4. Sensory Processing: Evaluating how students perceive and respond to sensory information to develop strategies for managing sensory challenges and promoting engagement in school activities.

  5. Social-Emotional Skills: Assessing students' social interactions, emotional regulation, self-awareness, and coping strategies to enhance social skills, self-esteem, and emotional well-being, fostering positive relationships and school engagement.

By considering these additional areas and employing comprehensive assessment approaches, we can address the diverse needs of students and support their holistic development, functional participation, and overall well-being in the school environment.

The Wrap Up

The assessment process is a multifaceted one, especially in the dynamic environment of a school. As school-based OT practitioners, there are a plethora of tools that can be used, each offering unique insights into our students' functional abilities. From comprehensive formal assessments like the SFA and PEDI to less formal tools like The Schoodles, we can gather valuable data to guide our practice. But it's crucial to remember that these tools are just the starting point.

As we've discussed, functional assessments often serve as a gateway to more specialized evaluations. They give us a broad view of a child's functional abilities in the classroom but may also point us toward specific areas that require further investigation. Whether it's fine motor skills, sensory processing, or social-emotional abilities, a deeper dive is often necessary to fully understand each child's unique challenges and strengths.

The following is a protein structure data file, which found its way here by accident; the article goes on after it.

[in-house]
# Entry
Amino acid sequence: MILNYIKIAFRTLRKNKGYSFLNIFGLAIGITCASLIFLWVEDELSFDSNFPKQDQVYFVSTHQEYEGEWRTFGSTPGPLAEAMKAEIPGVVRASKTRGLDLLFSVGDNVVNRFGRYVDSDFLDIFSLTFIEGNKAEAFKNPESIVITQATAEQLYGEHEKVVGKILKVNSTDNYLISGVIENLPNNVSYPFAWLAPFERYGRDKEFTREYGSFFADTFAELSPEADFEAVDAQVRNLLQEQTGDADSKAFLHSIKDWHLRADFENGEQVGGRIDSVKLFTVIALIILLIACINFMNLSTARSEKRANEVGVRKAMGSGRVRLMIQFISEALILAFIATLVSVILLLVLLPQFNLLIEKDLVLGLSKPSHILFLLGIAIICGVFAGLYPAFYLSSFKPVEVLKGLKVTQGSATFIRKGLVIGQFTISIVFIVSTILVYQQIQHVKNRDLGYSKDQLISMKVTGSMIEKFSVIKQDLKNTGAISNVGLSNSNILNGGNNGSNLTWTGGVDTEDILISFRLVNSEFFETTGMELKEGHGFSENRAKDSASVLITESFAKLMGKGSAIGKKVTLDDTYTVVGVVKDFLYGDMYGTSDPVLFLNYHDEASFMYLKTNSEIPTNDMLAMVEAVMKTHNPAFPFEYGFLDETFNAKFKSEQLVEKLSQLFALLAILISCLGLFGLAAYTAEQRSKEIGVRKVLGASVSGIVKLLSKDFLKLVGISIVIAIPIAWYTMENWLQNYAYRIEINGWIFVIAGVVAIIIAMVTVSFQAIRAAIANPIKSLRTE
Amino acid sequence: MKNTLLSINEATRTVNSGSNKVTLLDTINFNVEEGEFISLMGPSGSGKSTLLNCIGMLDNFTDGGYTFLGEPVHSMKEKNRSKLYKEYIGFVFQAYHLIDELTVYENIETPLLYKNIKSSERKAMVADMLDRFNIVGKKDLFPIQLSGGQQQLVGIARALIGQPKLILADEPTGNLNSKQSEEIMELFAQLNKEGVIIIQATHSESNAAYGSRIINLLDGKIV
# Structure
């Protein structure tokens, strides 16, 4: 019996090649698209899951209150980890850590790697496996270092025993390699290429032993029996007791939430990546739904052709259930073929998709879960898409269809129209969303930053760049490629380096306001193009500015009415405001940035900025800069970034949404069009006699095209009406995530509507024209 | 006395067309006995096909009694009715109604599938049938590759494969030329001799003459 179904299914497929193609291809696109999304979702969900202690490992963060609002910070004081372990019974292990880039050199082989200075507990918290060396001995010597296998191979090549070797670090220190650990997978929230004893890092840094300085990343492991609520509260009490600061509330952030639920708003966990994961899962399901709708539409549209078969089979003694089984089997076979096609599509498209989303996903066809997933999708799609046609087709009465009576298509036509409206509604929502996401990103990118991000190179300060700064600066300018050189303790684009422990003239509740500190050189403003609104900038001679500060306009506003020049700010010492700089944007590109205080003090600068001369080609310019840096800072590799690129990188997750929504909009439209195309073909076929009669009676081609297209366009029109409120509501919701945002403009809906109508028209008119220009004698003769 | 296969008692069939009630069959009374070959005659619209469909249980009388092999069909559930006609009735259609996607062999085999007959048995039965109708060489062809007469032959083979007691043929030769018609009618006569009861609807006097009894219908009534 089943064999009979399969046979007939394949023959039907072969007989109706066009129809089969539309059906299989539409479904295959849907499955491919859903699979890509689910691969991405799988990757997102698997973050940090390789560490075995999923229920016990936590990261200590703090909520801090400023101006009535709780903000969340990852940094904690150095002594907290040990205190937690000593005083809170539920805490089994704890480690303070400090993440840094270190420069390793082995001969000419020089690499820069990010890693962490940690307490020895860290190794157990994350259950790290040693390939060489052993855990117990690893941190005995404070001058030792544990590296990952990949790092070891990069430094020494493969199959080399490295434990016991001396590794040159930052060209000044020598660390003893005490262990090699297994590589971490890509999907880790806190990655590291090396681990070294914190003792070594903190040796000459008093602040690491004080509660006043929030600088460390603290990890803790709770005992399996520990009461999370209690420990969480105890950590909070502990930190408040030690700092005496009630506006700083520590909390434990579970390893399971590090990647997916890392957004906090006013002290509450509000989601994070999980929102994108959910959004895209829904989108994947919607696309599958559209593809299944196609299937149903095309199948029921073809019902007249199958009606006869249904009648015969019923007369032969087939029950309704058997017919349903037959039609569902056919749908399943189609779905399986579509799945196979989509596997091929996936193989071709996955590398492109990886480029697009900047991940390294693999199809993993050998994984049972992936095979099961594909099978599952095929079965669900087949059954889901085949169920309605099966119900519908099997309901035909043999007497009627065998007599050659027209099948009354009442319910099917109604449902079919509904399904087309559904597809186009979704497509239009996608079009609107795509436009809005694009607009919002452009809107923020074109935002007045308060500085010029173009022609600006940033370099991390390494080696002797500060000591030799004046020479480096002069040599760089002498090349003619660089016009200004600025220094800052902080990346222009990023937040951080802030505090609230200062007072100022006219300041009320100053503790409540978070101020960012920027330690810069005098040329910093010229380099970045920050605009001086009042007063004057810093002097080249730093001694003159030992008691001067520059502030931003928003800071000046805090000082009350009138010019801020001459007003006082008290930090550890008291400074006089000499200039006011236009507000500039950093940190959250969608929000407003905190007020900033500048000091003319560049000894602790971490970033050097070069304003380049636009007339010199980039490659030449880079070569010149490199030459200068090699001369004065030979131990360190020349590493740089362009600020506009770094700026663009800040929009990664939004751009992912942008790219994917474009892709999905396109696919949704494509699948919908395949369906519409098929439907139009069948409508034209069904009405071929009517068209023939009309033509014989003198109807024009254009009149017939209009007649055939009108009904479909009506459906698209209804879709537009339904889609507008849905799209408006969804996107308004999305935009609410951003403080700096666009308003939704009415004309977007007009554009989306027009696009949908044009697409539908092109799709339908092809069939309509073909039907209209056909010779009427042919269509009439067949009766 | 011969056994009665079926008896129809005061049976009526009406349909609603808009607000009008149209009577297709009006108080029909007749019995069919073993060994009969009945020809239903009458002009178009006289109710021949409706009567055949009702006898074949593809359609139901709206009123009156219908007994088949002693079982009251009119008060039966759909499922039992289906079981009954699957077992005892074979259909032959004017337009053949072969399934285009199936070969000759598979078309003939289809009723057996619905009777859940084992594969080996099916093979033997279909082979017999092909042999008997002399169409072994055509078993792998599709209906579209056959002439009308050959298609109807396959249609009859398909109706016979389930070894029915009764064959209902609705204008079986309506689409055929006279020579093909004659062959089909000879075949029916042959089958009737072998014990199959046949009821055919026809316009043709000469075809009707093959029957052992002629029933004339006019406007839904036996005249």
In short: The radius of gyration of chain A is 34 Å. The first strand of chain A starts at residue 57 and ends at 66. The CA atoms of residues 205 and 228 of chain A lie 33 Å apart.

Moreover, we must not underestimate the power of informal assessments. Observations in the classroom can either confirm or challenge our formal assessment findings, providing a more nuanced and complete picture of a student's abilities. By integrating both formal and informal methods, we can tailor our interventions more effectively, ensuring that each child receives the support they need to succeed in the educational setting.

In the end, the goal is to provide holistic, data-driven interventions that enhance our students' functional performance and quality of life in school. And that starts with choosing the right assessment tools for the job.

If you appreciated this article, be sure to join our email list below to know when the next helpful article is posted.

Until next time,

👋 Jayson